I talk a little on the shooting of a US congresswoman, and the wisdom of the republican party's rhetoric.
I had a quick toe to toe with @avantgame (Jane McGonigal) about the violent rhetoric used by the republican party vs the violence seen in video games. We ended on agreement:
avantgame: In other words, the danger of violent rhetoric is how it mixes with people predisposed to do bad things. “He was crazy” is NOT a defense.
thesunnyk: @avantgame if it isn’t for the games industry, then it isn’t for politicians.
avantgame: @thesunnyk it is true for games industry as well see my tweets from yesterday :)
thesunnyk: @avantgame Touche. The point is that it’s unacceptable for one to be OK and the other to be not OK.
avantgame: @thesunnyk completely agree with you :)
But the lack of subtlety in twitter kind of left me feeling a little uneasy — to have that on the public record, as it were, without clarifying statements1. Then, the day after, John Stewart conveniently summed up what I would’ve said. However, there was still a little left unsaid. Barry Schwartz fills in the missing pieces (The paradox of choice is another good Schwartz piece).
In short, the law isn’t going to stop you from doing things that could kill someone. Not ever. No matter what you stop people from doing, what punishment you force people into, what types of things you ban. To use a childish phrase: Just because you can do something doesn’t mean you should. This is a deeper insight than it seems at first. Further: it is important that you don’t force people into a pinball map of trying to min-max their incentives -- “exercising” your ethics is an important way of making sure they don’t atrophy, and a choice is not moral if it is coloured by incentives. Similarly, punishing bad behaviour might actually increase the behaviour, because people think the punishment is “paying” for the behaviour.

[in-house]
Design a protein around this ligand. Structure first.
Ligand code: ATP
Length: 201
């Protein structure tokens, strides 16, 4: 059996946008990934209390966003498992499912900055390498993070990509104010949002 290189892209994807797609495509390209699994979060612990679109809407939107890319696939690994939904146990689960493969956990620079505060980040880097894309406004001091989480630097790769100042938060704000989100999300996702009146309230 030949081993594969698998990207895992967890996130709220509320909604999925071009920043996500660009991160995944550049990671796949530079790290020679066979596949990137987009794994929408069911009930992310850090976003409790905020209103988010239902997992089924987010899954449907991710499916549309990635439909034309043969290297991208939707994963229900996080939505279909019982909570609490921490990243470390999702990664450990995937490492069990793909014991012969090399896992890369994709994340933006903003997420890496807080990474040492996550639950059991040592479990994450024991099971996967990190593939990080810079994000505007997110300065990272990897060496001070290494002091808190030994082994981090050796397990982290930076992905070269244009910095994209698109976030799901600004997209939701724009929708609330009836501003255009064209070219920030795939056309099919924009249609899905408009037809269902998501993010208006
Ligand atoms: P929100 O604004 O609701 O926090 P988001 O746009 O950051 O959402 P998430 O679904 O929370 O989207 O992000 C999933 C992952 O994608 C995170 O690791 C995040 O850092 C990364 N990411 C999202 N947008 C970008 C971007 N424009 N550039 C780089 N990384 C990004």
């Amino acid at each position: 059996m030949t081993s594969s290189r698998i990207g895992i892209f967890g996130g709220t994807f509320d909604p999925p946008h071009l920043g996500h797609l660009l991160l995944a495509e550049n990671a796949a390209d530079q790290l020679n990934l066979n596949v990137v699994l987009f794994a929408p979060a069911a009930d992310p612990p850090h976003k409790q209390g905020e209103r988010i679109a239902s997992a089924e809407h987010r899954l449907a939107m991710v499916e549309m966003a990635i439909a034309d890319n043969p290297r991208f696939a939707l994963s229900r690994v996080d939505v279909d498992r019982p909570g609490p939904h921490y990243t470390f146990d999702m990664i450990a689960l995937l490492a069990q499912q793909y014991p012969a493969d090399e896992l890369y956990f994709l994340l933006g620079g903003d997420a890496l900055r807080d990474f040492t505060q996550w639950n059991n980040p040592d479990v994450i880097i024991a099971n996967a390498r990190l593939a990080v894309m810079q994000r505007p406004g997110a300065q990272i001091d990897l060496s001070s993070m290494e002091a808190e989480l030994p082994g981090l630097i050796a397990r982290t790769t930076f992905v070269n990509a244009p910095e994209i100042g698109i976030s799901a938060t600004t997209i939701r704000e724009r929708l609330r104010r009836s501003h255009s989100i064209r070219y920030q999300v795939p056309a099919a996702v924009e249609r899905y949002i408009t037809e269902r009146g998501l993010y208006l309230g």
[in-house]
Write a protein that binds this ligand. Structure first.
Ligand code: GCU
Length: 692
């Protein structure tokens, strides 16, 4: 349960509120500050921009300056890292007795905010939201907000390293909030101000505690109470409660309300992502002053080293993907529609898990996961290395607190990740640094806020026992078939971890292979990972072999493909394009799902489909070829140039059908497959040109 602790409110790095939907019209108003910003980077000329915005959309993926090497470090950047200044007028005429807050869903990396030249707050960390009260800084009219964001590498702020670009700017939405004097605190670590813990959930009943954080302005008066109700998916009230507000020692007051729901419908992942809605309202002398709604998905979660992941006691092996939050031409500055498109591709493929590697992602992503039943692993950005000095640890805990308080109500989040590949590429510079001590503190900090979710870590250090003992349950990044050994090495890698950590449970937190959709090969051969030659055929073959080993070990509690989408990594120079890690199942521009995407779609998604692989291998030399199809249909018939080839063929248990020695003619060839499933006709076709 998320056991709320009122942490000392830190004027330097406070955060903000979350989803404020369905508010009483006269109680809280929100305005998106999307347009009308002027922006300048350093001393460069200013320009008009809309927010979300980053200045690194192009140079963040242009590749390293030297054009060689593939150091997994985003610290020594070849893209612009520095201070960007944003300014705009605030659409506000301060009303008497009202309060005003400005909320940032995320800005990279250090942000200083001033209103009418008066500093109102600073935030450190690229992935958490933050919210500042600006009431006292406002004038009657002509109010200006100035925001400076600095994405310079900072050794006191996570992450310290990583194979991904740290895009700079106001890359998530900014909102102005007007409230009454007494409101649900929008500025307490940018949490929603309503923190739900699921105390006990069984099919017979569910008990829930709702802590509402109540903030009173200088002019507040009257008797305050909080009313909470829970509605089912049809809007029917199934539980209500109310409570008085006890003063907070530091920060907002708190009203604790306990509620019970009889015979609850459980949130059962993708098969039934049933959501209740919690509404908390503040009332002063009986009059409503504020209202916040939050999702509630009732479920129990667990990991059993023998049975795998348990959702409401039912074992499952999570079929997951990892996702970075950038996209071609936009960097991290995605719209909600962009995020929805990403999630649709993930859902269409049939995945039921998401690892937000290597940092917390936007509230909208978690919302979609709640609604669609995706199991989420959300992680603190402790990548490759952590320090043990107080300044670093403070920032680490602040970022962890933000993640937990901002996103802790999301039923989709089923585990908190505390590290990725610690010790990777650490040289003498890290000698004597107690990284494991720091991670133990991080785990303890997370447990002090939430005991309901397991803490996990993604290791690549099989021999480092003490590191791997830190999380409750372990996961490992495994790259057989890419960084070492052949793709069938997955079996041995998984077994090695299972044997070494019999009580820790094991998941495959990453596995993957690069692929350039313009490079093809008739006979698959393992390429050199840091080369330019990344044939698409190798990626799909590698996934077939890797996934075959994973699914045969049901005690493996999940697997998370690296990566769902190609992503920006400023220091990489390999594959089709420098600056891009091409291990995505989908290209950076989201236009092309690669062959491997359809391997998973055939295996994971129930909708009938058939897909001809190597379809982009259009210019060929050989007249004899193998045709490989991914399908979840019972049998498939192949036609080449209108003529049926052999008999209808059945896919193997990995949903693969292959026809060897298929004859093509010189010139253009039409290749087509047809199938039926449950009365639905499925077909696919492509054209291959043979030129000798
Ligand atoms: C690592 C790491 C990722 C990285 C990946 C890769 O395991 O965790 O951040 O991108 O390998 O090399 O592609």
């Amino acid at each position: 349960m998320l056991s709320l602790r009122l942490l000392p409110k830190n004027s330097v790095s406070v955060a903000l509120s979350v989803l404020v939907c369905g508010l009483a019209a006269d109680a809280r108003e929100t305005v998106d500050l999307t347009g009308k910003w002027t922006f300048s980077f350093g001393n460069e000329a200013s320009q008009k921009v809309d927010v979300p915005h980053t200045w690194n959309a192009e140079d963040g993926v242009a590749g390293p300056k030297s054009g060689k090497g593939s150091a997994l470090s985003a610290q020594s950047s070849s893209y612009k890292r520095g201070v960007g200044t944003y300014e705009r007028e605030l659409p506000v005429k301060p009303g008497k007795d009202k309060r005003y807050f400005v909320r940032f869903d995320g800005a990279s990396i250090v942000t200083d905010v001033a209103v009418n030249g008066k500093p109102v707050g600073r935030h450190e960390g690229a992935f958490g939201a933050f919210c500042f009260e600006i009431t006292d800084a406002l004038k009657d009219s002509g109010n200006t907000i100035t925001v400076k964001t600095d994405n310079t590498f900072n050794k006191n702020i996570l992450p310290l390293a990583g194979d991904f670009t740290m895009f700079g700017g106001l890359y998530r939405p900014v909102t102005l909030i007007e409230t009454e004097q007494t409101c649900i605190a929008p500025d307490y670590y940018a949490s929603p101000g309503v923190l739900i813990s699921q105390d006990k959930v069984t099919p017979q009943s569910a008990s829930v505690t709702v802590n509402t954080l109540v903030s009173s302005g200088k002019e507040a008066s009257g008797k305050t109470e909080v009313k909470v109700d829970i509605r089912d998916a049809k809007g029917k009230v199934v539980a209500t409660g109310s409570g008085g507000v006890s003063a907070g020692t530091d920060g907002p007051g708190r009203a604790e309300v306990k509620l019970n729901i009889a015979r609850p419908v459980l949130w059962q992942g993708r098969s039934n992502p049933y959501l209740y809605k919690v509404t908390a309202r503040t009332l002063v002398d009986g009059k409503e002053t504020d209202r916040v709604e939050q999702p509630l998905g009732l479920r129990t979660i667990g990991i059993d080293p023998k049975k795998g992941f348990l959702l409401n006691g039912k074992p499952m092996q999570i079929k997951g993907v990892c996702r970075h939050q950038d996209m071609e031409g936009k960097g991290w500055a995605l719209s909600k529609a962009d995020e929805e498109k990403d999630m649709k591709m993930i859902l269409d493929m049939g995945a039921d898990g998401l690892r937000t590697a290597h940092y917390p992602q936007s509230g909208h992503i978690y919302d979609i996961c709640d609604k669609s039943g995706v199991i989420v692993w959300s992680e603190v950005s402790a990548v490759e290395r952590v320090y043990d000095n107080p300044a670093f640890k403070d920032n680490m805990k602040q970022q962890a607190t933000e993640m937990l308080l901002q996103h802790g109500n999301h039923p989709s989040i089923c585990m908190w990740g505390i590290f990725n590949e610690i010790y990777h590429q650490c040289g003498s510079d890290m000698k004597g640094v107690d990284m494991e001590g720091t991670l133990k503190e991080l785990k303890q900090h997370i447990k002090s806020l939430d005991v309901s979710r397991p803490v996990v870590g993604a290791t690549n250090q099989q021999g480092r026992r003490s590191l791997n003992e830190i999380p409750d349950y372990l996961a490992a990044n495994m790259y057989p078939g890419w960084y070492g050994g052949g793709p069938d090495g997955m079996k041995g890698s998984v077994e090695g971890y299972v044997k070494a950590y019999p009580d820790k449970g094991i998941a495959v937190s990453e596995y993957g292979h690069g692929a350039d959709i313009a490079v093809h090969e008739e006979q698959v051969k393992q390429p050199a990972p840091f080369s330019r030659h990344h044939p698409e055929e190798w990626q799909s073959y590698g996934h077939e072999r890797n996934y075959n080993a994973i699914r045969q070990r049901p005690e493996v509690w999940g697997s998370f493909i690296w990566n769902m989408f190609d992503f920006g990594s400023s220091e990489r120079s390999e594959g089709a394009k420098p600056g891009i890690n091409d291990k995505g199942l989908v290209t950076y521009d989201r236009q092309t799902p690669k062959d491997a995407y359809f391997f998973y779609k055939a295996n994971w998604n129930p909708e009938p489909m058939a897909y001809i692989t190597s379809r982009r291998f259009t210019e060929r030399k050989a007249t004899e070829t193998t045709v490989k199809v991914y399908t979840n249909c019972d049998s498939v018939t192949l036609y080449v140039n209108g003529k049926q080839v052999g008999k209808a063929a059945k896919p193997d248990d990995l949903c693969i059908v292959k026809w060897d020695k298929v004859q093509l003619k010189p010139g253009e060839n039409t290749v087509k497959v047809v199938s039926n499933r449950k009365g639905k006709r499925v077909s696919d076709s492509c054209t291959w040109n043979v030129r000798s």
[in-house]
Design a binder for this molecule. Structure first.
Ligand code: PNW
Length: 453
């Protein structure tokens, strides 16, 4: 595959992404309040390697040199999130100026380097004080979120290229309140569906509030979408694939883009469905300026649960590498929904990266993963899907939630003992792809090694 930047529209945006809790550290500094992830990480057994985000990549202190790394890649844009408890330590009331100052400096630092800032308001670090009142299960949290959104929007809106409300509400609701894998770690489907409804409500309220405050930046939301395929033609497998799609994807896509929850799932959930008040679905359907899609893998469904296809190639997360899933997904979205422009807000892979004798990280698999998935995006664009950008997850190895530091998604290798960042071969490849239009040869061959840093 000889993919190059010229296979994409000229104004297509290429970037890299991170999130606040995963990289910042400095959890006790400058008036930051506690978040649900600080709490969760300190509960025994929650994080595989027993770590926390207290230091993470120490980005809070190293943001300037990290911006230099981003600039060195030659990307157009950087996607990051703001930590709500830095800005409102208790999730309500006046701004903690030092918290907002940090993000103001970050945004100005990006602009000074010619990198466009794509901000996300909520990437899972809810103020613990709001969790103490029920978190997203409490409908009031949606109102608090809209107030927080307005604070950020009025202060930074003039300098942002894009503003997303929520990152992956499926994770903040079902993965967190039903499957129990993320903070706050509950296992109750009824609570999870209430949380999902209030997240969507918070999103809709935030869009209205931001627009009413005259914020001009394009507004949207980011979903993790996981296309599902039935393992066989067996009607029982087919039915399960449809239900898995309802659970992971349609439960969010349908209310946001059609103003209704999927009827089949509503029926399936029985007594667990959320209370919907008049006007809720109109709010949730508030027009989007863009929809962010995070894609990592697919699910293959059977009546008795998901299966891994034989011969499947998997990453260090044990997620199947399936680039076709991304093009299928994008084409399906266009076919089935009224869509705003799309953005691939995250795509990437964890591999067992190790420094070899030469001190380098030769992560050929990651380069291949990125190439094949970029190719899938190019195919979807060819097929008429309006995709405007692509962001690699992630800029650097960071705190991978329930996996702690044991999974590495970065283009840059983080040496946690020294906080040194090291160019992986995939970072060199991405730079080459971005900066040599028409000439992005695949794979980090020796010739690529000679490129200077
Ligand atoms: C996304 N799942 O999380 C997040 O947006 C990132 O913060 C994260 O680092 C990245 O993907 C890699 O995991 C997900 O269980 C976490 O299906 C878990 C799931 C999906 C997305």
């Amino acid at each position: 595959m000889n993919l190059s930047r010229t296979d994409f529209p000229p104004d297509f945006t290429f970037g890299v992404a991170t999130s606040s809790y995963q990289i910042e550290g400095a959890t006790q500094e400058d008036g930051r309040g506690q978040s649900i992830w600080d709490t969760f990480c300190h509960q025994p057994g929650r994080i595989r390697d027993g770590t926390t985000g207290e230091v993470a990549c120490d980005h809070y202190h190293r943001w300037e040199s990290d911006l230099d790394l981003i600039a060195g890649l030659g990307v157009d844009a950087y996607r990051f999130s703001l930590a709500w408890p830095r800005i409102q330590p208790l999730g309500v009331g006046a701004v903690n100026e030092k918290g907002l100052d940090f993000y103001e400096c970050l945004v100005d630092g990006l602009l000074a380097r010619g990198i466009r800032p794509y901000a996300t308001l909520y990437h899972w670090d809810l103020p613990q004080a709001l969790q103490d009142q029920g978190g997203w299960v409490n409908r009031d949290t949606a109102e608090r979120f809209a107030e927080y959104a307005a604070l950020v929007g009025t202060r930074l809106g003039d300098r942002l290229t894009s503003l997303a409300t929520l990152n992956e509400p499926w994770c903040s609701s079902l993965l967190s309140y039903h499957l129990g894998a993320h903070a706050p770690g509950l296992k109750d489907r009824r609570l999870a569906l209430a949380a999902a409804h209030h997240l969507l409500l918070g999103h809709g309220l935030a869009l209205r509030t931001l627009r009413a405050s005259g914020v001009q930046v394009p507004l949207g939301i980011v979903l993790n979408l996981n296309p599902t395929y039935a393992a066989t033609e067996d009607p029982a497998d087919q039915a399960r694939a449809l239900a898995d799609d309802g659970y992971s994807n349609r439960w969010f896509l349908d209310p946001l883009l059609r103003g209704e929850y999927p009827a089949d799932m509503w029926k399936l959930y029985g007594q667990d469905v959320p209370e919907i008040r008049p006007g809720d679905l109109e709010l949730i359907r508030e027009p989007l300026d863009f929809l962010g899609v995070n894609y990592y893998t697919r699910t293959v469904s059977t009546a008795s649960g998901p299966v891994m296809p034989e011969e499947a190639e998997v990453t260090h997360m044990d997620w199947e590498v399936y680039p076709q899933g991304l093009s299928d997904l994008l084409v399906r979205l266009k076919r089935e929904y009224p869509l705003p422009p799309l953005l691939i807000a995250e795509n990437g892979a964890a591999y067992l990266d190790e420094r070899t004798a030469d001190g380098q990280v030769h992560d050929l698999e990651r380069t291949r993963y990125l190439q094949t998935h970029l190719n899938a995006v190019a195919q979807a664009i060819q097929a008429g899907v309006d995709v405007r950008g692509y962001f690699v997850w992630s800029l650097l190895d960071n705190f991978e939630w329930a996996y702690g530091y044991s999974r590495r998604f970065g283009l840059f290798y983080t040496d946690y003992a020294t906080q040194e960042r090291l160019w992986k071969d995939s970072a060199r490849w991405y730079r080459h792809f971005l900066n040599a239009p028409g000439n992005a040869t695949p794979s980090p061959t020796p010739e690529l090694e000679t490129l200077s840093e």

So, what I’m trying to say here is “banning” violent rhetoric won’t work, and even if it did that would likely be bad. We would slowly kill speech until we couldn’t consider ourselves living in a free society any more. What you need is something more akin to bodyline — a polite letter that results in a change of behaviour. Otherwise, we get cringeworthy advertising like the Dead Space 2 commercial or the Bulletstorm thing. I think the reason for the puerile advertising is because of the uproar on the issue of violent video games. Stop caring, and the ads (and the games) become more sensible.
Historically, we know that the violent video games have been generally garbage. It’s only been recently that a ban on a game has caused us (Australians) strife (Left for Dead 2). And FWIW I think both Bulletstorm and Dead Space 2 will be great, despite the ridiculous advertising. The problem here isn’t that the games are adult, it’s that they’re childish — appealing to visceral thrills. I don’t believe they’ll harm children, and I think that both sides of the R18+ debate are looking at the wrong things when they look at violence.
Once blood and gore stop being the metric on which we judge games, I believe that games will generally move away from such genre cliches. Importantly, when no one cares, they probably just won’t sell that well. When gamers and game designers are free to make whatever they want, they’ll realise that it’s just not classy being CliffyB.
1 Not that I haven’t said many, many other things on the public record that are monumentally retarded.